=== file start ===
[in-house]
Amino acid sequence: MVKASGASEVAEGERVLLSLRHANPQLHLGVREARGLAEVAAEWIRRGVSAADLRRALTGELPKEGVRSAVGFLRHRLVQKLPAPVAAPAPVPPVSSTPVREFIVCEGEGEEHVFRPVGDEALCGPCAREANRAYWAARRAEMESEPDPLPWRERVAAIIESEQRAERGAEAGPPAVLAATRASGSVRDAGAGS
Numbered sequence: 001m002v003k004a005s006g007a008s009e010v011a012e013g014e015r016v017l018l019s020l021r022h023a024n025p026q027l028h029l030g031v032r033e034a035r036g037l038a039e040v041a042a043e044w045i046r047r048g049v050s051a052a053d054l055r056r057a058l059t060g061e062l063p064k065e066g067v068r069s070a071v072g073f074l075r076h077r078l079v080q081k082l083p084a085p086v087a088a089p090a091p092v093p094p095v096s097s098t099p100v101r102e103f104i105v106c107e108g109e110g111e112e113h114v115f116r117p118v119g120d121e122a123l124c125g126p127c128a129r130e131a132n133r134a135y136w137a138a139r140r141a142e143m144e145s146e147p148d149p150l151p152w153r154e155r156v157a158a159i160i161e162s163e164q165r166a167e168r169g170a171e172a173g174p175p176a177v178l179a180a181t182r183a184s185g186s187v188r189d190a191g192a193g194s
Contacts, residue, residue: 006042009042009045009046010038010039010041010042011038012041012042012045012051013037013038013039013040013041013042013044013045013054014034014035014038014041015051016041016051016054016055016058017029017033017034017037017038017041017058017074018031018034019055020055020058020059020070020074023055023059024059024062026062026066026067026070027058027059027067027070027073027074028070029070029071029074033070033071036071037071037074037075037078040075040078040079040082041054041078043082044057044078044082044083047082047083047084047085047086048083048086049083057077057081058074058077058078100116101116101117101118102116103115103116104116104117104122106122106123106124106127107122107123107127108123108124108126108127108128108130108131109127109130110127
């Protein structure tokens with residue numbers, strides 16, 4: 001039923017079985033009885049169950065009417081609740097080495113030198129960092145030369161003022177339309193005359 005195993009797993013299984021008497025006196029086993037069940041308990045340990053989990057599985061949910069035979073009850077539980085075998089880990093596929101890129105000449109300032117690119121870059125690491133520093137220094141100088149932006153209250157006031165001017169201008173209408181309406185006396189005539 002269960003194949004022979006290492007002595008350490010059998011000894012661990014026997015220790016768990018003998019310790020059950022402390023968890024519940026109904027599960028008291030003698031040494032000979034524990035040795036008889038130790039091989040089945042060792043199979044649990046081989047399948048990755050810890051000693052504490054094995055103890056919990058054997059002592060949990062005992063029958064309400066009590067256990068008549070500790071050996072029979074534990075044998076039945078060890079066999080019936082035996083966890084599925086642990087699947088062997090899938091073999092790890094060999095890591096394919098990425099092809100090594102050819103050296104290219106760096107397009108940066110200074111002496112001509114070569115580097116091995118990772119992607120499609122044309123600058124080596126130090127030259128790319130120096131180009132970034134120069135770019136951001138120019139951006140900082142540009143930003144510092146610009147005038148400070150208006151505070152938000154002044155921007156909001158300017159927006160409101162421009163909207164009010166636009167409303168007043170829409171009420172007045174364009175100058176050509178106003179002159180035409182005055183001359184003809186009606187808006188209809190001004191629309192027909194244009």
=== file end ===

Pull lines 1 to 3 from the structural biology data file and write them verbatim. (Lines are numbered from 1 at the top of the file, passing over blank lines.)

[in-house]
Amino acid sequence: MVKASGASEVAEGERVLLSLRHANPQLHLGVREARGLAEVAAEWIRRGVSAADLRRALTGELPKEGVRSAVGFLRHRLVQKLPAPVAAPAPVPPVSSTPVREFIVCEGEGEEHVFRPVGDEALCGPCAREANRAYWAARRAEMESEPDPLPWRERVAAIIESEQRAERGAEAGPPAVLAATRASGSVRDAGAGS
Numbered sequence: 001m002v003k004a005s006g007a008s009e010v011a012e013g014e015r016v017l018l019s020l021r022h023a024n025p026q027l028h029l030g031v032r033e034a035r036g037l038a039e040v041a042a043e044w045i046r047r048g049v050s051a052a053d054l055r056r057a058l059t060g061e062l063p064k065e066g067v068r069s070a071v072g073f074l075r076h077r078l079v080q081k082l083p084a085p086v087a088a089p090a091p092v093p094p095v096s097s098t099p100v101r102e103f104i105v106c107e108g109e110g111e112e113h114v115f116r117p118v119g120d121e122a123l124c125g126p127c128a129r130e131a132n133r134a135y136w137a138a139r140r141a142e143m144e145s146e147p148d149p150l151p152w153r154e155r156v157a158a159i160i161e162s163e164q165r166a167e168r169g170a171e172a173g174p175p176a177v178l179a180a181t182r183a184s185g186s187v188r189d190a191g192a193g194s